Galley Wench Tales

Exploring the world through the people we meet
and the food they eat.

Sunrise from the RV park at the border of Nevada and Utah.

We hit the road a little after 9 a.m., though before we traveled a quarter mile it was an hour later—we crossed into Utah and mountain time—again. We left in Idaho, were back on Pacific time in Nevada, now back on mountain time. We didn’t reset our clocks in Nevada.

Hot Spot in Salina: true to its name.

There weren’t many towns along the way, and most were of the blink-and-you’ll-miss ’em variety. Salina, where the gas cost about 40/cents/gallon less at Love’s counted as one of the biggest towns we went through. Population ~2,500.

The Dream Catcher, Salina, Utah.

The Dream Catcher’s bright colors caught my eye when I got out to stretch my legs a little and give Wayne, driving the RV, a chance to catch up. With its front window papered over, The Dream Catcher looked closed for a while.

Tom’s note at The Dream Catcher amused me.

I didn’t knock on The Dream Catcher’s door.

The neon, humble “Best food in town” brag and name made Mom’s Cafe an irresistible photo op.
Salina, Utah.

When I caught up with Wayne at Salina’s gas station, he said “The scent of the food made my mouth water when I passed Mom’s Cafe. Meatloaf and gravy . . . .” 

Funny thing. I got out of my car and walked past it. I didn’t smell a thing, and a former flame nicknamed me “the food spectrometer” for my overly keen nose. Wayne’s imagination, however, is far keener than my sense of smell.

Horse, cows, and dogs a few miles outside Torrey, Utah.
Reminded me of driving New Zealand, though there herding was usually sheep and ATVs instead of horses.

We hit two delays on our daily road trip, both just outside our destination, just past Torrey Nevada. The first was giving right of way to some roadside herding.

Darned nice scenery for a place to get stuck for a while! Just outside Torrey Utah.

Road construction held us up the second time, just 2 1/2 miles outside Torrey Utah, this time for about 1/2 hour.

Who doesn’t love rainbows? This one greeted us last night where we’re camped, near Torrey Utah.

A slight sprinkle brought rainbows.

Brilliant chair placement for this temporary home.

Wayne found this free spot to camp by looking for an available place on the Bureau of Land Management (BLM) land.

Awesome setting for camping and RVing. That little slot begs for a photo op.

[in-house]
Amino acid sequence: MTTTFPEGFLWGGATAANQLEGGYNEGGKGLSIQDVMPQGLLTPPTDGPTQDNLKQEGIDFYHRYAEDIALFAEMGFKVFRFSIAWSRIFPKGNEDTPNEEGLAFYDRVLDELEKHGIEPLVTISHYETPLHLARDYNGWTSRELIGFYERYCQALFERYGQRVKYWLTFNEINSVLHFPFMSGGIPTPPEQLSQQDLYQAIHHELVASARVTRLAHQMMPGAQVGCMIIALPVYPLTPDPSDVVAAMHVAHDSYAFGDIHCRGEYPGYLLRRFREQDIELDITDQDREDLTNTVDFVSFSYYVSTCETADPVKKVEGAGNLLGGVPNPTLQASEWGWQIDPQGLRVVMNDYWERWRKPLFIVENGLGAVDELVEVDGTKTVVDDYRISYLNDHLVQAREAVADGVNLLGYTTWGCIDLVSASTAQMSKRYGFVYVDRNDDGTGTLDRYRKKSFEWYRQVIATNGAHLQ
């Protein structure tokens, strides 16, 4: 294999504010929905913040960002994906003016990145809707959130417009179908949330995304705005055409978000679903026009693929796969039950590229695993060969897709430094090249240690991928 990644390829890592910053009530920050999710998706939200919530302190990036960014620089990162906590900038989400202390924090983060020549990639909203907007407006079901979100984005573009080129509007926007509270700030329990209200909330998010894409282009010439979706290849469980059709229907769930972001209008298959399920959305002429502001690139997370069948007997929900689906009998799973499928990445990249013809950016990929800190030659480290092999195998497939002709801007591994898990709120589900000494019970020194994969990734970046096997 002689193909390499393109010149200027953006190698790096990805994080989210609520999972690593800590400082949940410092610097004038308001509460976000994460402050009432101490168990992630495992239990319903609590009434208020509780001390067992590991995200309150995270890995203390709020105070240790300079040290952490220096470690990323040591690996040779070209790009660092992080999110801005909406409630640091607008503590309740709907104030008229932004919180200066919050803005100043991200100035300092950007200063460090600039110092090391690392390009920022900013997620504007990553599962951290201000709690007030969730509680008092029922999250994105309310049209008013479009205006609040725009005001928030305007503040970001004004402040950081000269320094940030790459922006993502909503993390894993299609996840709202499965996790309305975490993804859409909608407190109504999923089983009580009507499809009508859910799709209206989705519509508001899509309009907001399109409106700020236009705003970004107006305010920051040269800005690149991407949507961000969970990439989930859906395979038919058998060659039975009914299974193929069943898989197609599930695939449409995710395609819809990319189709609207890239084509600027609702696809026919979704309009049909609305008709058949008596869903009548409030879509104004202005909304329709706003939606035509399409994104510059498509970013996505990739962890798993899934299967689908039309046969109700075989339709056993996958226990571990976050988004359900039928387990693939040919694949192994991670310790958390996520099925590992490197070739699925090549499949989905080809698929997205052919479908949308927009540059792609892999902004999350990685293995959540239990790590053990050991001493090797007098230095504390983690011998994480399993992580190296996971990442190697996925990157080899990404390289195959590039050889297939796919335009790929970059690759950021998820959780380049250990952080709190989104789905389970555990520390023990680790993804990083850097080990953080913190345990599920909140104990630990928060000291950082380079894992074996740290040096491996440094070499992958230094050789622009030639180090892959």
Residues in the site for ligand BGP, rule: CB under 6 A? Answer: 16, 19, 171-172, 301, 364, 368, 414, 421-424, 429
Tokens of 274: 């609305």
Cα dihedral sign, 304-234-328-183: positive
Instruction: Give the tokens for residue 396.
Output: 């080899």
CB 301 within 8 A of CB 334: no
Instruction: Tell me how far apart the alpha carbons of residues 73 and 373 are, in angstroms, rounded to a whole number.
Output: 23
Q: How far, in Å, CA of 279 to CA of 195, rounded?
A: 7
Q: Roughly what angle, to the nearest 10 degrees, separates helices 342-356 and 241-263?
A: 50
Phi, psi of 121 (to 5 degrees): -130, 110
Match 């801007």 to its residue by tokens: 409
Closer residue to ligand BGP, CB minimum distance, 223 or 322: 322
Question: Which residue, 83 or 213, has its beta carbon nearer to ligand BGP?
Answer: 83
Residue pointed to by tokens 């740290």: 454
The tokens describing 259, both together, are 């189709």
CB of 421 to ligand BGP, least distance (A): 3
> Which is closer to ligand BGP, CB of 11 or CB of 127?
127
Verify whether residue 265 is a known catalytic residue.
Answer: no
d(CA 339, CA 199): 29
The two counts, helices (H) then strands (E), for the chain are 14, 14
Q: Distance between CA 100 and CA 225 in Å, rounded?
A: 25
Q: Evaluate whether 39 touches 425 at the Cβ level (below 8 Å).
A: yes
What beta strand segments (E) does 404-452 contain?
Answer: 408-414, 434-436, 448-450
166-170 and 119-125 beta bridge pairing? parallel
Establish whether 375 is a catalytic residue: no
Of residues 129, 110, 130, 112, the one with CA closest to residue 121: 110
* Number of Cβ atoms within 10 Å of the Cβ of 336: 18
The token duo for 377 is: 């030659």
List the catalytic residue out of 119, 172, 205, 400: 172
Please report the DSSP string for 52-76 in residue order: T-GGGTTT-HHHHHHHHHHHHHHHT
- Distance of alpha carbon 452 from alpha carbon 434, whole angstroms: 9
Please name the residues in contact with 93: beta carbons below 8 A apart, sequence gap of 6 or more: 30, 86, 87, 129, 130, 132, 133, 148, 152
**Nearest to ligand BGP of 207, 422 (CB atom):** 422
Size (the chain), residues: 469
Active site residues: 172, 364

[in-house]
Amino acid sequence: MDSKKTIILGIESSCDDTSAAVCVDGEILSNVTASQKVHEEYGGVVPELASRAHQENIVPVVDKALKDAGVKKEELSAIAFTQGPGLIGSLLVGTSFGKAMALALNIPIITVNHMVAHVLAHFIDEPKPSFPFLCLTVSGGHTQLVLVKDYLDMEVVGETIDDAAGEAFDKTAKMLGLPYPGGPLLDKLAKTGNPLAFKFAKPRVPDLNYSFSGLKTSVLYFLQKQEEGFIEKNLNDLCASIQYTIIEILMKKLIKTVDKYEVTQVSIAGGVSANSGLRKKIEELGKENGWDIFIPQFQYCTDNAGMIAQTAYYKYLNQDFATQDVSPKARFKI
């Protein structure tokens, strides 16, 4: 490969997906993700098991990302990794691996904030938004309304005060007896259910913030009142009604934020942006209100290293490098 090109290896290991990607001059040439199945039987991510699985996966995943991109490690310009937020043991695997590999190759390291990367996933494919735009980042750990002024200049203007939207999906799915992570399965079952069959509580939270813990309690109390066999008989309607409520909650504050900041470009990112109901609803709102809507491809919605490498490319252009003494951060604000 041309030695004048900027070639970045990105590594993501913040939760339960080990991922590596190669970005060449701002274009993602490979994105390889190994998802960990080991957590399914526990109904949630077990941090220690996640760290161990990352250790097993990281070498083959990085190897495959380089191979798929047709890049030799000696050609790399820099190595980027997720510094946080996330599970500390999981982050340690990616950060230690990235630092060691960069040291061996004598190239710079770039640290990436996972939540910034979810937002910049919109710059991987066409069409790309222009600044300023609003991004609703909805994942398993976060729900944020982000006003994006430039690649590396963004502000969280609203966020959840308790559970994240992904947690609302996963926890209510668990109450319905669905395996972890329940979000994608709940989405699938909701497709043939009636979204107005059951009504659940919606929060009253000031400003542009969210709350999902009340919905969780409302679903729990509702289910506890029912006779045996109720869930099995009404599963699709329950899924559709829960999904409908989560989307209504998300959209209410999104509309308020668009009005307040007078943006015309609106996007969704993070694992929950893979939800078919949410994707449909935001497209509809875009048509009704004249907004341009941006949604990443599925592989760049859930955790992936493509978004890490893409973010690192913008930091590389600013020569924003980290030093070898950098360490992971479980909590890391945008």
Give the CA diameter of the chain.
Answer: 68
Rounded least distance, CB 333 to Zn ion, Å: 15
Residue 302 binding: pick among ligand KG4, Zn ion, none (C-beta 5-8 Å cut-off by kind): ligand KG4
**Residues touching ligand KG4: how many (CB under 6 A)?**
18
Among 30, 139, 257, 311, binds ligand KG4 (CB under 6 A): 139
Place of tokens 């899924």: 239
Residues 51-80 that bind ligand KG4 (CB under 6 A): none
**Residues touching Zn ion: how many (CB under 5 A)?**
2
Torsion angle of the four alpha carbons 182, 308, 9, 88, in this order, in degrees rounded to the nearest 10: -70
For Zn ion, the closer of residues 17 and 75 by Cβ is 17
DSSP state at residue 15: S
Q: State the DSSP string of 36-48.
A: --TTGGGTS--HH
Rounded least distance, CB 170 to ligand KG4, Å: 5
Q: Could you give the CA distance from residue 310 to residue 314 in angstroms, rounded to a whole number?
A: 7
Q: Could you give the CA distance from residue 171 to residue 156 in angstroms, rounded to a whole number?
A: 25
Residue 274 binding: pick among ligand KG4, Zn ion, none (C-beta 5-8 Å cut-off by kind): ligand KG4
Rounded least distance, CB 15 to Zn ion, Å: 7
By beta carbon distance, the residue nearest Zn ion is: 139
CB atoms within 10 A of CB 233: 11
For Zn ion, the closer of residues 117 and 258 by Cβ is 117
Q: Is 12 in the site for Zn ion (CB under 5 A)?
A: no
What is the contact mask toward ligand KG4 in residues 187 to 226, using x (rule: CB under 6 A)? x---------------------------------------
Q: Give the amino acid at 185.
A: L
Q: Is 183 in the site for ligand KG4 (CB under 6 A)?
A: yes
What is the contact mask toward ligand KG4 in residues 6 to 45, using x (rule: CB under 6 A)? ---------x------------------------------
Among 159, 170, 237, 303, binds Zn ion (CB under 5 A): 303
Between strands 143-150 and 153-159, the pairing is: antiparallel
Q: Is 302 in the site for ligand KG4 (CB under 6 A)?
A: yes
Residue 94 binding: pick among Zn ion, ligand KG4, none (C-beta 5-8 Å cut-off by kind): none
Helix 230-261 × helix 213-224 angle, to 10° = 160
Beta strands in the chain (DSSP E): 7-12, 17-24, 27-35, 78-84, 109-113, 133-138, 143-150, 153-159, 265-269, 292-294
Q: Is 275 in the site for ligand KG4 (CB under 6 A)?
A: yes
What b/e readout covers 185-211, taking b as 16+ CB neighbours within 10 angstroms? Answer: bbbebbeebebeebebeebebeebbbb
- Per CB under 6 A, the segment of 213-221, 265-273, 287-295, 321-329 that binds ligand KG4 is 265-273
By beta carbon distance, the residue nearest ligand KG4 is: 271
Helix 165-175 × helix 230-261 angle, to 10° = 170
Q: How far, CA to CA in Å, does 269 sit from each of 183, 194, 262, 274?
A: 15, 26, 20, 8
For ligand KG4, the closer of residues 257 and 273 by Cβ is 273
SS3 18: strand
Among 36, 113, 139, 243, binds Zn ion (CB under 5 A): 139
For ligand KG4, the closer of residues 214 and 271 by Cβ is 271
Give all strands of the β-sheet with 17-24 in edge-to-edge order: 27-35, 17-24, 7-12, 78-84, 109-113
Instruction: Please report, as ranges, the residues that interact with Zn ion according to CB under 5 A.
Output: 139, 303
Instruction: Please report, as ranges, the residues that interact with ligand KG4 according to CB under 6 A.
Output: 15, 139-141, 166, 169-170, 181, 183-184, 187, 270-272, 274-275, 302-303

BLM land between Torrey UT and Capitol Reef National Park.

Our best spot yet!

Me, Wayne, and our Holiday Rambler shadows at dusk near Torrey, UT.

We broke open the bottle of sparkling wine from Margaret, who bought our boat, m/v Serendipity, and appreciated all the time Wayne took to explain her maintenance. This campsite merited celebrating.

Parked. We call our Holiday Rambler “the beast.” My diminutive Prius tucked behind. 


Both a welcome and a reminder of where we’re from.
Every place has its own beauty; our job is to find it there and within ourselves.

About “anchoring. . .” 

When we sail, there are three ways we stop. One is at a dock, which we rarely do and like the least because of the lack of privacy as well as the cost. Second is a mooring ball. They afford a little more privacy but often are challenging to tie off to, they often “thump” our boat and are rarely free. Plus, we don’t always trust that mooring balls are secure; we once found out one we tied off to was completely disconnected from its base, and only seemed secure because it wrapped itself around a rock. We like anchoring the best. It’s the most private, we’re in charge of our own destiny, and it’s nearly always free. Disbursed BLM camping is a lot like anchoring, versus RV parks which are more like docking and park campgrounds, which are more like mooring balls (but safer).

We like this spot! We plan to spend a few days here. We haven’t “swallowed the anchor,” which is more like ending our travels. We’ve still many miles to go.